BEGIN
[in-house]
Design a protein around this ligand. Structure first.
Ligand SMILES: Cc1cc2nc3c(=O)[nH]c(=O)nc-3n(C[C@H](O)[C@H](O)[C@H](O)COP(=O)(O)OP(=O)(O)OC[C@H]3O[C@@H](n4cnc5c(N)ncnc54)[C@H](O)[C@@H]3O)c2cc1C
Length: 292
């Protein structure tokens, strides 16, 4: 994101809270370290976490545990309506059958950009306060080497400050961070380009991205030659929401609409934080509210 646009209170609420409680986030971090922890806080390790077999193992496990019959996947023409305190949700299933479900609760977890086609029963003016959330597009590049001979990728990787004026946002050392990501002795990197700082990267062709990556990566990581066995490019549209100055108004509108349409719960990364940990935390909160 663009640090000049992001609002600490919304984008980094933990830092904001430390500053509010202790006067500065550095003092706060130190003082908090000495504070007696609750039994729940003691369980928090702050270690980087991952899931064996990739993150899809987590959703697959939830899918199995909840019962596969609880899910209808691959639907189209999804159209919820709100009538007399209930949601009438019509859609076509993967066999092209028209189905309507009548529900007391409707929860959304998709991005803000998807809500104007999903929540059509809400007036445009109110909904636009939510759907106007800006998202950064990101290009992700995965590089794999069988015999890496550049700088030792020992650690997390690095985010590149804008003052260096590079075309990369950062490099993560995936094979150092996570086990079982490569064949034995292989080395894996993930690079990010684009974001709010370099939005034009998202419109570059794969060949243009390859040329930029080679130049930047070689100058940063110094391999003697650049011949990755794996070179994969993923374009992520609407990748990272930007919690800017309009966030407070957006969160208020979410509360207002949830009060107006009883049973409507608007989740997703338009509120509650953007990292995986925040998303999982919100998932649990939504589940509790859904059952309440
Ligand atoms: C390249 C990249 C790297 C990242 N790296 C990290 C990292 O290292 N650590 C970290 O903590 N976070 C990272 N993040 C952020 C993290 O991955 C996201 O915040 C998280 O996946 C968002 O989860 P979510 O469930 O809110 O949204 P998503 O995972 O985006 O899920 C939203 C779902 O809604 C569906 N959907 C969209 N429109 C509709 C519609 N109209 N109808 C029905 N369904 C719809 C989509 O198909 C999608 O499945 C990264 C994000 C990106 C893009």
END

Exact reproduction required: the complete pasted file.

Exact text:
[in-house]
Design a protein around this ligand. Structure first.
Ligand SMILES: Cc1cc2nc3c(=O)[nH]c(=O)nc-3n(C[C@H](O)[C@H](O)[C@H](O)COP(=O)(O)OP(=O)(O)OC[C@H]3O[C@@H](n4cnc5c(N)ncnc54)[C@H](O)[C@@H]3O)c2cc1C
Length: 292
């Protein structure tokens, strides 16, 4: 994101809270370290976490545990309506059958950009306060080497400050961070380009991205030659929401609409934080509210 646009209170609420409680986030971090922890806080390790077999193992496990019959996947023409305190949700299933479900609760977890086609029963003016959330597009590049001979990728990787004026946002050392990501002795990197700082990267062709990556990566990581066995490019549209100055108004509108349409719960990364940990935390909160 663009640090000049992001609002600490919304984008980094933990830092904001430390500053509010202790006067500065550095003092706060130190003082908090000495504070007696609750039994729940003691369980928090702050270690980087991952899931064996990739993150899809987590959703697959939830899918199995909840019962596969609880899910209808691959639907189209999804159209919820709100009538007399209930949601009438019509859609076509993967066999092209028209189905309507009548529900007391409707929860959304998709991005803000998807809500104007999903929540059509809400007036445009109110909904636009939510759907106007800006998202950064990101290009992700995965590089794999069988015999890496550049700088030792020992650690997390690095985010590149804008003052260096590079075309990369950062490099993560995936094979150092996570086990079982490569064949034995292989080395894996993930690079990010684009974001709010370099939005034009998202419109570059794969060949243009390859040329930029080679130049930047070689100058940063110094391999003697650049011949990755794996070179994969993923374009992520609407990748990272930007919690800017309009966030407070957006969160208020979410509360207002949830009060107006009883049973409507608007989740997703338009509120509650953007990292995986925040998303999982919100998932649990939504589940509790859904059952309440
Ligand atoms: C390249 C990249 C790297 C990242 N790296 C990290 C990292 O290292 N650590 C970290 O903590 N976070 C990272 N993040 C952020 C993290 O991955 C996201 O915040 C998280 O996946 C968002 O989860 P979510 O469930 O809110 O949204 P998503 O995972 O985006 O899920 C939203 C779902 O809604 C569906 N959907 C969209 N429109 C509709 C519609 N109209 N109808 C029905 N369904 C719809 C989509 O198909 C999608 O499945 C990264 C994000 C990106 C893009």